Harry cringed. “No reminders - I’m shaky enough as it is,” he said, and managed a faint smile.
Shacklebolt clambered to his feet, and extended a powerful hand to help Harry up. “Tomorrow, we’ll have a go at your list. We’ll see if we can’t put a name to whatever this is. If you can name it, you can control it,” he said.
Harry closed his eyes, and took several long, calming breaths. He opened his eyes, and asked, “Shall we work with the swords, then?”
Shacklebolt’s brow furrowed. “Perhaps you’re a touch too hungry, Potter. Go and read, if you’re inclined. I’m sure that Miss Granger waits. Tomorrow, promptly at eight o’clock.” Shacklebolt swept through the door and out to the entry hall. Harry caught a glimpse of Lupin and heard a flurry of muttering.
Harry was in no hurry to climb the stairs. Hermione was doubtless immersed in sorting books. He felt too edgy for deep conversation – and Hermione was not one for idle banter. Idle banter was Ron’s speciality, and Harry missed that. He missed Ron – the real Ron, not the git who had replaced him – and he had no idea what to do about it.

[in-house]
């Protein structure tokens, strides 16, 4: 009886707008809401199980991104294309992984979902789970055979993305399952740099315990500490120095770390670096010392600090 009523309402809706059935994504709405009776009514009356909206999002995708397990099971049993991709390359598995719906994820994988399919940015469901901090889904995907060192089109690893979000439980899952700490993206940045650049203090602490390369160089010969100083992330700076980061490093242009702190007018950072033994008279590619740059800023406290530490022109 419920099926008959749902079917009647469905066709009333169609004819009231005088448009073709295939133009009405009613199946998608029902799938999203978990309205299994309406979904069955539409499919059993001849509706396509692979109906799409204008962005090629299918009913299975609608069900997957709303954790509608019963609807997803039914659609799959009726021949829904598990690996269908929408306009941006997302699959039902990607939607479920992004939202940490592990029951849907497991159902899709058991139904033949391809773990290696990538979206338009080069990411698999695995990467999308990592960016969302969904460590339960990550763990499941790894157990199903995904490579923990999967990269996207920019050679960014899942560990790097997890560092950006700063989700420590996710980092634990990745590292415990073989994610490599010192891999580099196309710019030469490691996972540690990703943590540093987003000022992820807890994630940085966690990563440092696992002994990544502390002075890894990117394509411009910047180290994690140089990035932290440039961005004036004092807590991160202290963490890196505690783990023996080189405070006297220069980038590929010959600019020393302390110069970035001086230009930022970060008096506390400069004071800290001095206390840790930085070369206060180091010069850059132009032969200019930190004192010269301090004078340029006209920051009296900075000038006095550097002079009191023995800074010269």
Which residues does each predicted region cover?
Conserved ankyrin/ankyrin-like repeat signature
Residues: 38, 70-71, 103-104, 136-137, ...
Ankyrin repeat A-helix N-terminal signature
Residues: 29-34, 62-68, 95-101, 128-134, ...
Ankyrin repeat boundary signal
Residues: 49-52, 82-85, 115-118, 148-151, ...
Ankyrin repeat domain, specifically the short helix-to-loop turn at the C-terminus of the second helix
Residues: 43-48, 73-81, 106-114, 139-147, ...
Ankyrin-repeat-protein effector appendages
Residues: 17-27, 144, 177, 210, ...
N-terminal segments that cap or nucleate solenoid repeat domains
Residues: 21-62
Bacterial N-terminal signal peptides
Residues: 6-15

A strange sound came from the library, followed by a voice that he didn’t immediately recognise. He heard the strange sound again, and placed it – it was a moan. He raced to the door. Tonks had her arm around Hermione’s shoulder; Bill Weasley was seated in front of her, holding her arm. Winky looked on anxiously. Along with Shacklebolt, Bill and Tonks had been cleared to enter Grimmauld Place the previous evening in order to round out a complement of Order members for Hermione's watch.
“Just one more go, and we’ll have it licked,” Bill said reassuringly. He flicked his wand, and said “Adtenuatus!” Harry moved closer, and Hermione’s arm came into clear view just as it reduced to normal size. He forced himself to hold back, as it was obvious that Bill had everything under control.
“Better?” Bill asked gently.
Hermione nodded, even as she dabbed at her eyes with her free hand. “It’s my own fault,” she said. “I should have been more observant.”
“Looks innocent enough, doesn’t it?” Bill observed. “The only indication of any kind is that tiny rune on the spine. I would likely have opened it… that is, if the topic had the slightest appeal.”
“Why curse it at all?” Tonks asked. “Did some medieval versions of Fred and George get hold of it?”
Bill chuckled. “I can picture that… doubtful, though. This one could have caused serious injury. Thankfully, no lasting harm done.”
Hermione said, “Thank you for dashing over – terribly sorry for the bother.”
Tonks looked up. “Wotcher, Harry. Hermione found a right nasty book.”
Harry asked Hermione, “You’re all right, then?”
“I’m fine. As Bill said, no harm was done,” she replied with obvious embarrassment.